Movies that flip their source material on its head

My friend and colleague Steven D. Greydanus tweeted the other day that the new Lone Ranger movie is not just one of those films that doesn’t “get” its source material but, rather, it is made by “people who do understand the source material—and dislike it.” He has since noted that this point is also made by New York Times critic A.O. Scott, who wrote that the film is “an ambitious movie disguised as a popcorn throwaway, nothing less than an attempt to revise, reinvigorate and make fun of not just its source but also nearly every other western ever made.”

This got me wondering about other films that have knowingly inverted their source material, rather than adapted it, per se — i.e., films that have explicitly challenged the themes of their source material. Two examples came to mind immediately.

First, there is Alex Proyas’s adaptation of Isaac Asimov’s I, Robot (2004). As I wrote in one of my reviews of that film (but see also this review):

The key issue here is whether human safety is ultimately the highest good, and in this, the film completely turns Asimov’s vision on its head—and justifiably so, I think. Asimov’s book ends on an almost utopian note, as machines assume more and more control over the world and begin to manipulate things in a way that will prevent the human race from harming itself. For an atheist like Asimov, it seems benevolent machines were almost a substitute for God—potentially all-powerful beings who would not allow evil if they could help it, and who would use their supremely logical minds to save us from ourselves. (Such ideas were evidently in the air back then; compare this to the 1951 film The Day the Earth Stood Still, in which alien races achieve peace by handing control of their societies over to robots.)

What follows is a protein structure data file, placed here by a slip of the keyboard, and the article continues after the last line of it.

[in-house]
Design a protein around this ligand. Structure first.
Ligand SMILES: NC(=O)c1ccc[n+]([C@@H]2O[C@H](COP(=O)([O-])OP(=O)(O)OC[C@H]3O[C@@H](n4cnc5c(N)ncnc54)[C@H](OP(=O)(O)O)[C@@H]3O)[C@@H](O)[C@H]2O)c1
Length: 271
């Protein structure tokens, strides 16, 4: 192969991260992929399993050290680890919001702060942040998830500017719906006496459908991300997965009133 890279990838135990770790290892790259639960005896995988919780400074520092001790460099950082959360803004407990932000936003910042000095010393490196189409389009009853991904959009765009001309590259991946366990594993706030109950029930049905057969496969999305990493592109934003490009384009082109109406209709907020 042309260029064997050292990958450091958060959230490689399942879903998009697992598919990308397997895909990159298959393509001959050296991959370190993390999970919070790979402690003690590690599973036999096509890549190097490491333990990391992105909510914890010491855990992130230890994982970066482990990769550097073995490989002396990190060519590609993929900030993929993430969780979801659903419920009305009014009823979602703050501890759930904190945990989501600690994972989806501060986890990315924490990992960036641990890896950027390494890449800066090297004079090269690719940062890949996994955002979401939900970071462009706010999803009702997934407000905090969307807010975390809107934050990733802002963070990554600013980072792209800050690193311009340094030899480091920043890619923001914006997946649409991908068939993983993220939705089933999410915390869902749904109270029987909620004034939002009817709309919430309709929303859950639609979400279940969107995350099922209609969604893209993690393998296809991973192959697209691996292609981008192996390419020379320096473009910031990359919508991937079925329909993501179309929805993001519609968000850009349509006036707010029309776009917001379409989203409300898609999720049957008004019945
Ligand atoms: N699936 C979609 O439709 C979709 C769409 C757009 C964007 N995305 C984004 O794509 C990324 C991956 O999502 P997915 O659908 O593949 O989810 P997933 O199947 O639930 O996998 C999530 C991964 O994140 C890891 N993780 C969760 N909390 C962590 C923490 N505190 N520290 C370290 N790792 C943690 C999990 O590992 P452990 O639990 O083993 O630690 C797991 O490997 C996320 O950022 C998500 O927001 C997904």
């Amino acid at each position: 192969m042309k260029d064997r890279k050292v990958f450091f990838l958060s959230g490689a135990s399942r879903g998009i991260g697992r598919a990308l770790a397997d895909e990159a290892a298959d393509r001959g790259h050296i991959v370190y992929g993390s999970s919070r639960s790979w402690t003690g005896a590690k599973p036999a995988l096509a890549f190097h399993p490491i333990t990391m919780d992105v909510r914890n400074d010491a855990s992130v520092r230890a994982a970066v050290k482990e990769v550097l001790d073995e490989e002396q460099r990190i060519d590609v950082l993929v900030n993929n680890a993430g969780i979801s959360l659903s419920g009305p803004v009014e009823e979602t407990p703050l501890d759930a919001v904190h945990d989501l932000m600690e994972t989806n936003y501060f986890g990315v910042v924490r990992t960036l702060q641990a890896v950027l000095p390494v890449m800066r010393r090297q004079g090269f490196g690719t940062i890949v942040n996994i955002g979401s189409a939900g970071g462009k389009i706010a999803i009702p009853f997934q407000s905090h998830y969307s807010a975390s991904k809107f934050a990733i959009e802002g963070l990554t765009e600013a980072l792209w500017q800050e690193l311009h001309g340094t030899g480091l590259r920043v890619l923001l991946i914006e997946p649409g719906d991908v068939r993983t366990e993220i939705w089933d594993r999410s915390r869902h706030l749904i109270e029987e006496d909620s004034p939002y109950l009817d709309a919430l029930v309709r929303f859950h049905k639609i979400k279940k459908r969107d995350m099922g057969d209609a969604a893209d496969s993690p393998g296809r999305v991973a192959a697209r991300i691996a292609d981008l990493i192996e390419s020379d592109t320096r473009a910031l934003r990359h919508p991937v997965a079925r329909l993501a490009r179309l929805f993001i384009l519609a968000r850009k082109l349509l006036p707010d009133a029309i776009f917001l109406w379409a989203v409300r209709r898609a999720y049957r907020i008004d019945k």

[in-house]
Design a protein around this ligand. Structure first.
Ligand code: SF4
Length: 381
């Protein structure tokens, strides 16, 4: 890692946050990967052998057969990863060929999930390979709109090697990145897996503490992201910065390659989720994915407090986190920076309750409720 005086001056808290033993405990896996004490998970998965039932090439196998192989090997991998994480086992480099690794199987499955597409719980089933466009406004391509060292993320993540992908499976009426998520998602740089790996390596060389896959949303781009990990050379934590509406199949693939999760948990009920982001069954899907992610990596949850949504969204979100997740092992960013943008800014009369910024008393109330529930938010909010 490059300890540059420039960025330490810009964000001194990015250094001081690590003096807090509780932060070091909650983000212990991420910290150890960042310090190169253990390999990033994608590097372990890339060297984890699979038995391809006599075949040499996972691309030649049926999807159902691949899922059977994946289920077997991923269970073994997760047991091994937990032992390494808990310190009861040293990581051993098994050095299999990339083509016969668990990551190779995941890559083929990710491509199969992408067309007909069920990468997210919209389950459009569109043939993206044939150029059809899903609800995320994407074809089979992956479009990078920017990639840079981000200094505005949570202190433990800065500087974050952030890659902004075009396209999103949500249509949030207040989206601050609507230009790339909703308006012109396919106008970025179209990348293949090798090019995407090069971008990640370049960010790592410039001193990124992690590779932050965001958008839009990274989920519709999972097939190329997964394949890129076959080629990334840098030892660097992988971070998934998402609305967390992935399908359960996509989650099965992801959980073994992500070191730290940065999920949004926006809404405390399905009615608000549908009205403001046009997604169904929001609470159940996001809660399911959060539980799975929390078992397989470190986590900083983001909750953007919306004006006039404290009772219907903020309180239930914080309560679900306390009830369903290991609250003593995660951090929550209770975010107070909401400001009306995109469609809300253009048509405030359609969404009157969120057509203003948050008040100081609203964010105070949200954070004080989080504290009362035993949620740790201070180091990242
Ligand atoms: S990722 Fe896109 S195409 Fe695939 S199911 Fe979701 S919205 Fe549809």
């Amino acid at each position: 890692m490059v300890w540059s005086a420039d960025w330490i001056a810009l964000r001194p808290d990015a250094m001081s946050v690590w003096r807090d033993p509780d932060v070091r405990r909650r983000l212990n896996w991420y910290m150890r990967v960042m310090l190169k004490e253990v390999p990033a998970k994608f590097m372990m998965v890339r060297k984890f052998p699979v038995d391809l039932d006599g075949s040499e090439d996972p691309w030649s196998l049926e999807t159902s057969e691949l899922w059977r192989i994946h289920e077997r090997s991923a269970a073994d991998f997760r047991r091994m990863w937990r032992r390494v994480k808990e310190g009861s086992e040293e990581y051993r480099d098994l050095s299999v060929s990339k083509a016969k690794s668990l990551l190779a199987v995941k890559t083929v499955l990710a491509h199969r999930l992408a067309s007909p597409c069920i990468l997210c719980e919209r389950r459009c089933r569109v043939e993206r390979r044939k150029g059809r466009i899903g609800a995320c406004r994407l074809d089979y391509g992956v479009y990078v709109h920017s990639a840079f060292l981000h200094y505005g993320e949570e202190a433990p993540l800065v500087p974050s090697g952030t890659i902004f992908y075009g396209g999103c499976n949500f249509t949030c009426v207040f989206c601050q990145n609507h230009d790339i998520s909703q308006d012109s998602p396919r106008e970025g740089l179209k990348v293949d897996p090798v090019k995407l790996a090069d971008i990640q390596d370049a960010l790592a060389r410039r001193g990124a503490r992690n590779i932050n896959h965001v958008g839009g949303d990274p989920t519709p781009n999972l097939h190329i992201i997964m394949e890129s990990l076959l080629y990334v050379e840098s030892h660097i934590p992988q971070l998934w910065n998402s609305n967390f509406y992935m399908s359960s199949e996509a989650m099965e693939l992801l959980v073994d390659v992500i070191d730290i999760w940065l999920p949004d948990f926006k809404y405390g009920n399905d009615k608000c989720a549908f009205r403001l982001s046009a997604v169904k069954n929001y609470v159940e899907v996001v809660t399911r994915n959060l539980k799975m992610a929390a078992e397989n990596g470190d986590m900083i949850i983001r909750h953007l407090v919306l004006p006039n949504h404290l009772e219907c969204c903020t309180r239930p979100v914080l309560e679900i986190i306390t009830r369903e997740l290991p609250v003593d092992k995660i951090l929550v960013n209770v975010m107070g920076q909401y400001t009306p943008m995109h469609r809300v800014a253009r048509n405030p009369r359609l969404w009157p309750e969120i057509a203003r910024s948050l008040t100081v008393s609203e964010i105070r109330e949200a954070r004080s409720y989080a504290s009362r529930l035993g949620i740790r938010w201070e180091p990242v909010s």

I, Robot, however, suggests it would be a nightmare if humanity ever lost control of its fate like that . . .

Next, there is Alfonso Cuarón’s adaptation of P.D. James’ Children of Men (2006). As I wrote in my brief comment on that film:

Some of the changes the film makes to the story are rather drastic, and even work against the book’s Christian leanings; an act of euthanasia, made to look so vile and brutal and dehumanizing in the book, takes a more loving and merciful hue, here.

See also this blog post on how Cuarón consciously ignored the themes of the book so that he could focus on completely different themes that were of interest to him.

It also occurred to me that there are probably quite a few Bible epics that have done something similar, given that the filmmakers who made them and the audiences who watched them didn’t necessarily share the perspective of the original texts.

For example, Bruce Beresford’s King David (1985) concludes with David on his deathbed telling Solomon, “Mark this above all: Be guided by the instincts of your own heart, no matter what the prophets tell you, for it is through the heart, and the heart alone, that God speaks to man.” But the biblical David told Solomon to “observe what the Lord your God requires: Walk in obedience to him, and keep his decrees and commands, his laws and regulations, as written in the Law of Moses.”